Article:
From time to time, maybe once or twice a year, I have someone tell me that I need to put trigger warnings on my educational content. Well, you will never see me do this, and this week’s video explains why I have a strong boundary around this. 

Here’s the thing: When it comes to warning people about what they are about to see, read, and so on, I prefer to give humanity the benefit of the doubt, and especially when it comes to this nervous system work. I believe that when we’re building up our nervous system regulation and resiliency, it’s important for us to witness as much humanity as possible, and without filters so that we can notice what in fact does trigger us, which then gives us clues and cues to what we still need to work on. Click below to watch a little more on my reason for no trigger warnings. 

Irene's Musings

On Earth Day a little while back, I posted this image of human DNA, along with these words: 

“The only thing keeping our beautiful planet from thriving is human DNA that’s stuck in survival mode. Plain & simple.”

trigger warnings

Let that sink it. It’s tough to deny. 

Hurt comes from the hurt who do not feel (themselves), and violence and abuse comes from stored up survival stress (anger) that never got a chance to let go and release with safety and containment.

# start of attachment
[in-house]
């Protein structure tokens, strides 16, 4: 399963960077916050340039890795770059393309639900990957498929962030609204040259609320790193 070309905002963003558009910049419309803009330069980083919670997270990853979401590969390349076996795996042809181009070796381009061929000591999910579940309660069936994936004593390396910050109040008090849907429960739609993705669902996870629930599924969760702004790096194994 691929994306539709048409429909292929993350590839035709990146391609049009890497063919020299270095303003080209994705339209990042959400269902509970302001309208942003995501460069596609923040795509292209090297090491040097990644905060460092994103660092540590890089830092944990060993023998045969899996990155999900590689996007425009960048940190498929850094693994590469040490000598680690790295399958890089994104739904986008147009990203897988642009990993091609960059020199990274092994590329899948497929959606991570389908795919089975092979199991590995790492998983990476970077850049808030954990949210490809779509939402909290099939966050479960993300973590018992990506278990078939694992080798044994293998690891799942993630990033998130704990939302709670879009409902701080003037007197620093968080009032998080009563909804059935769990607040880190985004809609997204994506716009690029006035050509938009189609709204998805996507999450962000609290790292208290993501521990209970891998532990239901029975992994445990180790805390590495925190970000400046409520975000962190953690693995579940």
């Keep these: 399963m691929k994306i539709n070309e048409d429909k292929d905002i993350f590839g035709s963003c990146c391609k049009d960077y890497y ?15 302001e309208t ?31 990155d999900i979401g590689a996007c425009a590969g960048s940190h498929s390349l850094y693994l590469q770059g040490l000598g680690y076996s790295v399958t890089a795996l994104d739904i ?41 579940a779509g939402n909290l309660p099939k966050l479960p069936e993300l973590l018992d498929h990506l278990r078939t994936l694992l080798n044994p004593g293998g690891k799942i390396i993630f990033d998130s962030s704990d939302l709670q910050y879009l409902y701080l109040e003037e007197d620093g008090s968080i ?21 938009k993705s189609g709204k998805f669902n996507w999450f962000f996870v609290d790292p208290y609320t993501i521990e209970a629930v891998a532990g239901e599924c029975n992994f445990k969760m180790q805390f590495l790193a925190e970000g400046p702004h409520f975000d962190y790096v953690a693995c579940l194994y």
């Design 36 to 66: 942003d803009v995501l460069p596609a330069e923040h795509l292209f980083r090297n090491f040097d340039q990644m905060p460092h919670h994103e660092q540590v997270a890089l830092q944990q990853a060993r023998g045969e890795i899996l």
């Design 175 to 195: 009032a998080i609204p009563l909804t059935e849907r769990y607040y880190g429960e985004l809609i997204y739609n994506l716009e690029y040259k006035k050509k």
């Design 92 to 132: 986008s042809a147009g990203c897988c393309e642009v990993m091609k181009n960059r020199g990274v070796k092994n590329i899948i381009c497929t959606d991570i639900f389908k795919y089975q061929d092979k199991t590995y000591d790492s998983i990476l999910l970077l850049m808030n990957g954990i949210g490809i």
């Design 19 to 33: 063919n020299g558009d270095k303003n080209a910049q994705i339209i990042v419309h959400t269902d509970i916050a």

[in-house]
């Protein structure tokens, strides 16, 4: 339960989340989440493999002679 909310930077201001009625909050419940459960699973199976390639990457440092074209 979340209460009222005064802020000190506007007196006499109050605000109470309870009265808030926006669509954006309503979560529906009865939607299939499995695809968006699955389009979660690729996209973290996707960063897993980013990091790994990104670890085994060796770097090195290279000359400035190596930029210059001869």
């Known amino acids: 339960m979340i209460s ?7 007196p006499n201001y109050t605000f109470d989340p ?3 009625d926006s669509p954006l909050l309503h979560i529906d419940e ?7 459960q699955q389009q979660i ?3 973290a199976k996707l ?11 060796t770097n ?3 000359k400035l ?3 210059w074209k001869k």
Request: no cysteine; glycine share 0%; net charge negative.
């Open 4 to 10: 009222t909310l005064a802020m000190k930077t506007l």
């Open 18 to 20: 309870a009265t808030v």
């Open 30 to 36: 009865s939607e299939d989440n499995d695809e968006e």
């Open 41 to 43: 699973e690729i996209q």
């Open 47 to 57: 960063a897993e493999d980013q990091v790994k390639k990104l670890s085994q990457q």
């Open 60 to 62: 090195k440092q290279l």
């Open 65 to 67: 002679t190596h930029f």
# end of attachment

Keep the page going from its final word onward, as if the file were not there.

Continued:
I wrote an article back in 2014 that dives deeper into this concept and how we, the humans, are the cells of the planet, and how our actions contribute to the ‘soup’ of life on planet Earth. 

Here’s a short excerpt:

“And don’t forget the macro – all humans are the cells of the earth. When the cells are filled with chaos and shutdown, the organism suffers. Translation, the Earth suffers. But, heal the cells and replace the chaos and shutdown with regulation, resiliency and goodness and the Earth heals. Sounds simple, right? It is.”

REMEMBER that each moment we live, we have a chance to make the Earth a better place. 

The choice is ours, as it always has been.

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Resources I Share In The Vlog:

VIDEOS: Playlist for my Special Topic Lectures 

Research article I mentioned: